Cloud monitoring presents other challenges, such as when an enterprise deploys cloud monitoring nodes to measure the performance of digital services hosted in the same cloud infrastructure. This is like assessing the quality of an international phone call, by testing a call with your next-door neighbor. The local call won’t be exposed to the same choppiness and jitter as the international call, which must pass through many different networks and external systems.
Cloud monitoring applied to adjacent cloud-based services can offer a close-up, clean view of how the service – and the supporting cloud – are performing, but it does not provide an accurate performance view for geographically dispersed end users. Additionally, cloud services are not immune to outages – which should make enterprises think twice before entrusting something as important as performance monitoring to a single cloud service.
Why is Cloud Monitoring Even an Option?
As we’ve discussed, ensuring high quality performance requires data center and IT operations teams to get their arms around increasingly more elements, both within and beyond their firewalls. As enterprises move more workloads to the cloud, and furthermore, adopt and implement multi-cloud strategies, cloud monitoring does have valid use cases. For example:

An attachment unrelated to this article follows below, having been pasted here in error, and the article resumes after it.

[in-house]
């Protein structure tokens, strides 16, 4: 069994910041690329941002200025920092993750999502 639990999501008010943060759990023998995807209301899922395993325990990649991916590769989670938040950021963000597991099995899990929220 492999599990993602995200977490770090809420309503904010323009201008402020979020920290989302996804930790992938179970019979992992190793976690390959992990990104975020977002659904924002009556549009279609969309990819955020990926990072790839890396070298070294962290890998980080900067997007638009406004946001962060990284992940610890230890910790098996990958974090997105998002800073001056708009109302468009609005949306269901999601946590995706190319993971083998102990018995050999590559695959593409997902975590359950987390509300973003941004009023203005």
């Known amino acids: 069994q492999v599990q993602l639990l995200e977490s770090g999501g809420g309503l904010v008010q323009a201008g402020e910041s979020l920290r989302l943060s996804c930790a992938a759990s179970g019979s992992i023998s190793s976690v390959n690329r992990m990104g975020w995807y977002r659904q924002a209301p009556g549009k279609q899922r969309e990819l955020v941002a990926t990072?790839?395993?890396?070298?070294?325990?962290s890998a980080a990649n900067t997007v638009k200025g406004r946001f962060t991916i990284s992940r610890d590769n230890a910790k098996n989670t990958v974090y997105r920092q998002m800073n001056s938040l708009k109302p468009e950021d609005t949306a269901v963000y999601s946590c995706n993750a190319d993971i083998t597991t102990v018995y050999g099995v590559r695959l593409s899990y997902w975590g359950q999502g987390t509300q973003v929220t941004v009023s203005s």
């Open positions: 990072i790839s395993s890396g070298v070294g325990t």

- Performance Monitoring “Lite”: Cloud-based monitoring nodes are available as a shared resource, and can give enterprises a baseline view of digital performance from the vantage point of the cloud. This is a cost-efficient option for enterprises just starting out with monitoring initiatives, although it by no means represents a comprehensive, fully reliable approach.
- Private enterprise nodes: Enterprises can deploy a private enterprise node within a dedicated cloud instance. While this doesn’t necessary convey end user performance, it can provide insights and reassurances to the enterprise regarding the overall health of their cloud infrastructure.
- Multi-cloud implementations: The trend towards multi-cloud implementations is growing. Consider an e-commerce store with an application front-end residing on one cloud platform, and the transactional shopping cart functionality in another. Ultimately, an end user’s overall strong performance perception – i.e., a speedy, slick conversion – requires ultra-fast, seamless connectivity between the various cloud platforms. Cloud nodes can provide an accurate read on the speed and reliability of interactions between various cloud platforms and regions.